This sort of language is exceptionally broad. Nevertheless, it is likely that lawsuits will be filed arguing that COVID-19 closures are not excluded under this language.
Another exclusion typically found in property insurance policies pertains to losses arising solely from compliance with the law. An example is:
We will not pay for loss or damage caused directly or indirectly by the enforcement of or compliance with any ordinance or law regulating the use of property. This exclusion applies if an ordinance or law is enforced, even if the property has not been damaged.
It is expected that insurers facing claims relating to business interruption caused by governmental orders restricting the use of businesses will assert the applicability of similar exclusions. Again, at this time there are few decided cases that provided guidance on how courts will apply similar language to situations such as the COVID-19 closures.
Insurance policy conditions do not themselves create or exclude coverage. However, they constitute contractual commitments by the insured and the insurer that can affect coverage. For example, essentially all policies will list the obligations of the insured in the event of a loss. One such obligation may be:
You must resume all or part of your operations as quickly as possible.
While this seems innocuous, in a COVID-19 world, even if a business interruption claim is covered there may be litigation concerning what kept a business closed and why it did not reopen more quickly. Depending on the circumstances, an insurer may assert that the insured lost otherwise existing coverage by unreasonably delaying reopening.
COVID-19 – Other theories
In addition to asserting coverage under the language of insurance policies and endorsements, some businesses facing staggering losses may attempt to advance novel legal theories. For example, at least one group of businesses has brought suit against one insurer arguing that the insurer is estopped from denying coverage based, at least in part, on the insurer making a blanket decision not to cover COVID-19 business interruption claims across the board. The insurer fiat, so say the plaintiff lawyers, constitutes bad-faith claims handling that estops the insurer from denying claims.
COVID-19 – Non-traditional coverage
With the U.S. economy in turmoil, there has been talk of potential state or federal governmental programs extending business interruption coverage. Exactly what such a hypothetical program would look like is anyone’s guess. It could involve the government asking private insurers to cover COVID-19 claims under the policy forms and coverage limits of existing policies (by expanding the coverage of insuring agreements and ignoring exclusions), and being reimbursed by the government. Such an approach would allow the current mechanism for claims reporting and handling to be used. However, the system might be taxed to the breaking point and beyond.
The government could extend some form of coverage to all businesses, even those that did not otherwise purchase business interruption coverage from private insurers. Such a program would reach more businesses, but how such a program would be implemented and administered is hard to imagine.
A primary takeaway (regardless of what form such government action may take) is that businesses that want to make claims later will need to track the facts and circumstances now. If a business is shut down or limited or altered in its operations, it may want to start documenting the facts and circumstances and calculating losses. Without this information, it may be very difficult after the fact to prove the amount of loss.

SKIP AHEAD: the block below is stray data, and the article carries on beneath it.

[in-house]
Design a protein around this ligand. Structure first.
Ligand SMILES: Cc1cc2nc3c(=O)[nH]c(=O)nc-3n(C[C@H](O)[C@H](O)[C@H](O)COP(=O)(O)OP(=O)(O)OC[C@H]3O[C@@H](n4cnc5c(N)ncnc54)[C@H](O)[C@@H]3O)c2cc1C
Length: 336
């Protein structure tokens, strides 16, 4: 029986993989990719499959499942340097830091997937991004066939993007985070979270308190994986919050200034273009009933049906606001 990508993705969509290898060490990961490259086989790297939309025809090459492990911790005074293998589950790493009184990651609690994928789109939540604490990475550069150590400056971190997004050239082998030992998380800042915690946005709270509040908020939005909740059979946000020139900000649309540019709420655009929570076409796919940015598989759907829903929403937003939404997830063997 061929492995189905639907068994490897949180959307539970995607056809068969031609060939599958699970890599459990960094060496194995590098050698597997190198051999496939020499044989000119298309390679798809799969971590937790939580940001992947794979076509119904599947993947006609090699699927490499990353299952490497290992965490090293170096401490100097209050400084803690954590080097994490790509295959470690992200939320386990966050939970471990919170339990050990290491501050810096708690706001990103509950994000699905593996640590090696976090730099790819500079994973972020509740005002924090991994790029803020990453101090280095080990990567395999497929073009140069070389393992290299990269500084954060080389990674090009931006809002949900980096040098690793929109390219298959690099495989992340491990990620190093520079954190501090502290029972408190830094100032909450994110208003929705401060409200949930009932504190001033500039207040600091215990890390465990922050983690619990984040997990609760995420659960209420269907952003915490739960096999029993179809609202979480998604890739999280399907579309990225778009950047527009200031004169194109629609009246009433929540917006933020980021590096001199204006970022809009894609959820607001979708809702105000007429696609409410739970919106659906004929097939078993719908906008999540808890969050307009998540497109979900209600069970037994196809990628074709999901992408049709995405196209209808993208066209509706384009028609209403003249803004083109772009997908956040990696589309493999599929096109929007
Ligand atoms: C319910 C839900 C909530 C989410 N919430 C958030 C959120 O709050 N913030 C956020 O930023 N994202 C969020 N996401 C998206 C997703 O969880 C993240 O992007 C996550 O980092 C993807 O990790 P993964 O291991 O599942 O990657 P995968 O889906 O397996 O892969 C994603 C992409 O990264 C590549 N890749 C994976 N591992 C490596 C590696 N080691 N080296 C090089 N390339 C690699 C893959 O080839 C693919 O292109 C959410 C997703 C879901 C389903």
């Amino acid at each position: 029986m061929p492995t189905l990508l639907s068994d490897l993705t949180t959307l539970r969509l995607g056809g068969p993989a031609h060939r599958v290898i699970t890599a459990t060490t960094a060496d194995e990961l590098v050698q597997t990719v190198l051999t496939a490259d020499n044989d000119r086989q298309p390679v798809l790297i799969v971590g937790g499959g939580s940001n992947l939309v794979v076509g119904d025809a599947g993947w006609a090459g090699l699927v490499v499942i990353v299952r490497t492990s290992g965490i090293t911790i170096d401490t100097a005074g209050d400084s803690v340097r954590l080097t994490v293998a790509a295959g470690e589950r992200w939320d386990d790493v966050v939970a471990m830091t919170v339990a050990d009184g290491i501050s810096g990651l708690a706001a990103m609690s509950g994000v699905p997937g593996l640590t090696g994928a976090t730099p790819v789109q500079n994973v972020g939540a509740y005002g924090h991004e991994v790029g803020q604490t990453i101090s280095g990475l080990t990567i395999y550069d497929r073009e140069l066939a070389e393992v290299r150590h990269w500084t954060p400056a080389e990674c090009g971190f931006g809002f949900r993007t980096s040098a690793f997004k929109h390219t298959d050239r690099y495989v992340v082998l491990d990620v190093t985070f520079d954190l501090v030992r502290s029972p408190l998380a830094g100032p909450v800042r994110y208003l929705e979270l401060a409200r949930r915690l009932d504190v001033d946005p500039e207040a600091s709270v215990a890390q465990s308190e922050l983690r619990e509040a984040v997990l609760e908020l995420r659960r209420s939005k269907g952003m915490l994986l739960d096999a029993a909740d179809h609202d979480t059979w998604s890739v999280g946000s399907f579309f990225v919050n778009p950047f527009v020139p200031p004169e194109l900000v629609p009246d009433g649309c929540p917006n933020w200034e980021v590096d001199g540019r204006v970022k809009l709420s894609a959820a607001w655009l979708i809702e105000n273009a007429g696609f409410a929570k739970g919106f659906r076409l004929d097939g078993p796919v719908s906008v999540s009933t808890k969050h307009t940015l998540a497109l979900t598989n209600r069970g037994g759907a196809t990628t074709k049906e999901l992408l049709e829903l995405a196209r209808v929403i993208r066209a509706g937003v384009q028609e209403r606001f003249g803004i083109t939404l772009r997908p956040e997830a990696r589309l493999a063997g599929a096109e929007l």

For a business that is closed entirely because the government has ordered it closed, proving losses may involve comparing historic sales over a representative period (while accounting for seasonality and other factors) to the loss of revenue during a shutdown. But, there still may be issues. For example, during which precise period were losses accruing? What is a reasonable period for comparison?
A more complicated situation arises where a business is ordered to change, but not entirely cease, operations such as only selling food “to go.” That sort of change does not shut down the business entirely, but it does likely change revenues and expenses. Will a government program provide relief in that scenario? Who knows — but it would be prudent to prepare as if there might be coverage.
Another unknown relates to businesses that close voluntarily. There are myriad circumstances that could lead a business to voluntarily limit its activities or close entirely. For example, depending on the nature of the business, it might close because of: (1) concern for protecting the health of owners, workers, suppliers or patrons; (2) the inability to obtain supplies or raw materials; or (3) a lack of customers or demand (because people are honoring binding or advisory shelter-in-place orders). Under “traditional” business interruption policies, such voluntary closures or reductions in operations would not be covered. But, under government programs that are yet to be implemented, who knows?
The takeaway is that even businesses that voluntarily close may want to seek guidance with regard to making and supporting lost revenue and income claims.
If you have any questions about anything discussed in this article, please do not hesitate to reach out to your primary Greensfelder contact or the author – Greg Mollett is a Greensfelder Officer whose practice focuses on commercial, real estate and environmental litigation.
For more information about issues related to and resulting from the coronavirus pandemic, please visit Greensfelder’s COVID-19 Resources page.